On Sunday, Dr. Michael Osterholm created waves within the Biden COVID task force on which he serves when said, "We still want to get two doses in everyone, but I think right now, in advance of this surge, we need to get as many one-doses in as many people over 65 as we possibly can."
His comments were in sharp contrast to what the old guard medical establishment was saying. In fact, the CDC director, Dr. Rochelle Welinsky, quickly upheld the older recommendation by saying only in "rare circumstances" should one wait six weeks, or 42 days, after the first dose.
Let me be clear, people should get a second dose with the Pfizer and Moderna vaccines. But not while we are severely supply constrained and thousands of Americans die each day. As we hold back vaccines for second dose reservations to marginally increase immunity for some, American seniors continue to be sitting ducks in this deadly war because they can’t get any vaccine.
Our vaccine strategy should also acknowledge the current disconnect between the scientific ivory tower and the real world. In the real world, there is a massive vaccine grab, dominated by the wealthy and connected. As the Miami Herald reported this week, Fisher Island, Fla., the wealthiest zip code in the U.S., has a vaccination rate of 51% while nearby Opa-locka, where 40% of the population lives in poverty, has 2% of their population vaccinated.
How can we justify denying Opa-Locka residents a first dose when Fisher Island residents are getting a second? Adopting a maximize first dose strategy at a time when we are supply constrained could help reduced racial and socioeconomic gaps being magnified by vaccine greed.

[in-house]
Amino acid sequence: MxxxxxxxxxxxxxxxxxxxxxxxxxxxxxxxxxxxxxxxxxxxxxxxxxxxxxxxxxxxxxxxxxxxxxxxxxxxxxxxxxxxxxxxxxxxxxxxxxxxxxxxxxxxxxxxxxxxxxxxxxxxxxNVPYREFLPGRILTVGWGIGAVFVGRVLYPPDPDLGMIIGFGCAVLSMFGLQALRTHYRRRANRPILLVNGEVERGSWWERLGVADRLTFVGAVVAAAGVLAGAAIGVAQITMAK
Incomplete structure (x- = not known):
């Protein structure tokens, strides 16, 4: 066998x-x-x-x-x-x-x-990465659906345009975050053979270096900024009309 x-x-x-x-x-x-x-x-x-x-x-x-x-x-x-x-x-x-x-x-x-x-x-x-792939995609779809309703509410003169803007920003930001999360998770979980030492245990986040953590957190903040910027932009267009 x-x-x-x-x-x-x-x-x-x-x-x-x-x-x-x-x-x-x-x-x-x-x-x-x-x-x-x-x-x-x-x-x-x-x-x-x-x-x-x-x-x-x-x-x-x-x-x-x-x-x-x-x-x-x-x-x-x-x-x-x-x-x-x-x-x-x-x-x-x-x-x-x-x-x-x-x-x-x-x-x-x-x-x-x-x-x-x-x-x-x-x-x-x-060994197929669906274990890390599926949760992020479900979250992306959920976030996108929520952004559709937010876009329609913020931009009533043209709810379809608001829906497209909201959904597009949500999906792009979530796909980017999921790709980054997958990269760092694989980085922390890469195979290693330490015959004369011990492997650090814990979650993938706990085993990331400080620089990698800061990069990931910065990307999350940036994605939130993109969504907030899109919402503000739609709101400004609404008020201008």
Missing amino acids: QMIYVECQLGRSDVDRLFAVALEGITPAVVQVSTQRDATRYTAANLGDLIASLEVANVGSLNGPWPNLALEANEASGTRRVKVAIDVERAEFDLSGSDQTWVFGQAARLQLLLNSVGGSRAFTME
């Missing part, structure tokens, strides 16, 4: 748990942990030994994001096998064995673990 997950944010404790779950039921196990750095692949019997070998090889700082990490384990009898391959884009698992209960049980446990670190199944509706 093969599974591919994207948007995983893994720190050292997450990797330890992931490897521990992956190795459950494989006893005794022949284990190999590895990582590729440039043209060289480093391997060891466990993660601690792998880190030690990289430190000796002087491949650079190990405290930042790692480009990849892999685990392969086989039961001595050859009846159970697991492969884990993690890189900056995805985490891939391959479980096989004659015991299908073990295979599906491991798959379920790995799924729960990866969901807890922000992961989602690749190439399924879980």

We should also remember our country’s vaccine journey. This past summer, we all waited intently to see if a vaccine could meet the stated goal of being at least 50% effective. Imagine if back then, a company suddenly announced then that a single dose vaccine was found to be 80-90% effective at four weeks. We’d say that’s a home run!
If someone were to later add that giving the same vaccine a second time would increase the efficacy level by four percentage points, we’d probably say, yes, that’s true of most any vaccine, let’s just get everyone a first dose and then work on getting people a second dose. In fact, that’s what we need to do today. We just need the old guard medical establishment and federal and states governments to have the courage to take a hard look at the data and make a bold wartime decision, even if it rattles an older peacetime framework.
The longer COVID-19 circulates at large, the more opportunity it has to mutate and morph into new strains that may not be encompassed by our current vaccines. In order to save as many American lives as possible and optimize our chances of crushing the new variants, we need to ration our scarce vaccine supply more wisely. To date, the allocation has been erratic, wasteful and ignorant of natural immunity from prior COVID-19 infection. Let’s be guided by science and change our approach to protect as many people as we can.
Some scientist friends have told me not to talk about the high effectiveness of the first dose publicly because people might hear that information and decide not to get the second vaccine. But in principle, I believe we should not hide data from the public in hope of steering them with partial information. Second doses should be administered after every high-risk American, regardless of race or income, has been offered a first dose.